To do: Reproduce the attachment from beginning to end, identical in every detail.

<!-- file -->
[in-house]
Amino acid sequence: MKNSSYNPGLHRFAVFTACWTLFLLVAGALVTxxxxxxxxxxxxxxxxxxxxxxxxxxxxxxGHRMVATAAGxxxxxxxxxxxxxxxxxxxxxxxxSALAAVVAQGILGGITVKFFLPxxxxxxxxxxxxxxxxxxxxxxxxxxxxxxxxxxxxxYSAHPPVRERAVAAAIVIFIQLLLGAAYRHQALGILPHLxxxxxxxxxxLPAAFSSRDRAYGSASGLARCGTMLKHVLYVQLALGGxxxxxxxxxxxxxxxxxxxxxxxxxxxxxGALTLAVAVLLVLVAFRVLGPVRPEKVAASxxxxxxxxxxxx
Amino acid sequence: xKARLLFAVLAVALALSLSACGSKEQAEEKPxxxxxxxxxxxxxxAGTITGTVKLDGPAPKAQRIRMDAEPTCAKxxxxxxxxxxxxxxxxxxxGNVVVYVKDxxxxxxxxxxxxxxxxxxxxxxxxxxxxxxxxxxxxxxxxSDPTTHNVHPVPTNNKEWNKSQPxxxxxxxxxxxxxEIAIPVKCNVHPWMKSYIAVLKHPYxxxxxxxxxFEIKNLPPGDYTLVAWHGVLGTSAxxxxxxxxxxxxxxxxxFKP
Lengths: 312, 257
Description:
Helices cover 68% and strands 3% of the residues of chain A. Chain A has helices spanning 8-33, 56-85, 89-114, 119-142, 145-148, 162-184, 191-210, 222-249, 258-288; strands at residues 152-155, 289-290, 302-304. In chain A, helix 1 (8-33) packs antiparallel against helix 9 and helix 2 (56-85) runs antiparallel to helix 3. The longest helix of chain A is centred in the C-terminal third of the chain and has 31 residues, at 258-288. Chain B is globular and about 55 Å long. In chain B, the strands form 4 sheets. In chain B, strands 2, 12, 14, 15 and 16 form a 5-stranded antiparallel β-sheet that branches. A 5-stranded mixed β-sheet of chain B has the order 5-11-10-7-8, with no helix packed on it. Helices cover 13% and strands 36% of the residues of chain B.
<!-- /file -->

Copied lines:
[in-house]
Amino acid sequence: MKNSSYNPGLHRFAVFTACWTLFLLVAGALVTxxxxxxxxxxxxxxxxxxxxxxxxxxxxxxGHRMVATAAGxxxxxxxxxxxxxxxxxxxxxxxxSALAAVVAQGILGGITVKFFLPxxxxxxxxxxxxxxxxxxxxxxxxxxxxxxxxxxxxxYSAHPPVRERAVAAAIVIFIQLLLGAAYRHQALGILPHLxxxxxxxxxxLPAAFSSRDRAYGSASGLARCGTMLKHVLYVQLALGGxxxxxxxxxxxxxxxxxxxxxxxxxxxxxGALTLAVAVLLVLVAFRVLGPVRPEKVAASxxxxxxxxxxxx
Amino acid sequence: xKARLLFAVLAVALALSLSACGSKEQAEEKPxxxxxxxxxxxxxxAGTITGTVKLDGPAPKAQRIRMDAEPTCAKxxxxxxxxxxxxxxxxxxxGNVVVYVKDxxxxxxxxxxxxxxxxxxxxxxxxxxxxxxxxxxxxxxxxSDPTTHNVHPVPTNNKEWNKSQPxxxxxxxxxxxxxEIAIPVKCNVHPWMKSYIAVLKHPYxxxxxxxxxFEIKNLPPGDYTLVAWHGVLGTSAxxxxxxxxxxxxxxxxxFKP
Lengths: 312, 257
Description:
Helices cover 68% and strands 3% of the residues of chain A. Chain A has helices spanning 8-33, 56-85, 89-114, 119-142, 145-148, 162-184, 191-210, 222-249, 258-288; strands at residues 152-155, 289-290, 302-304. In chain A, helix 1 (8-33) packs antiparallel against helix 9 and helix 2 (56-85) runs antiparallel to helix 3. The longest helix of chain A is centred in the C-terminal third of the chain and has 31 residues, at 258-288. Chain B is globular and about 55 Å long. In chain B, the strands form 4 sheets. In chain B, strands 2, 12, 14, 15 and 16 form a 5-stranded antiparallel β-sheet that branches. A 5-stranded mixed β-sheet of chain B has the order 5-11-10-7-8, with no helix packed on it. Helices cover 13% and strands 36% of the residues of chain B.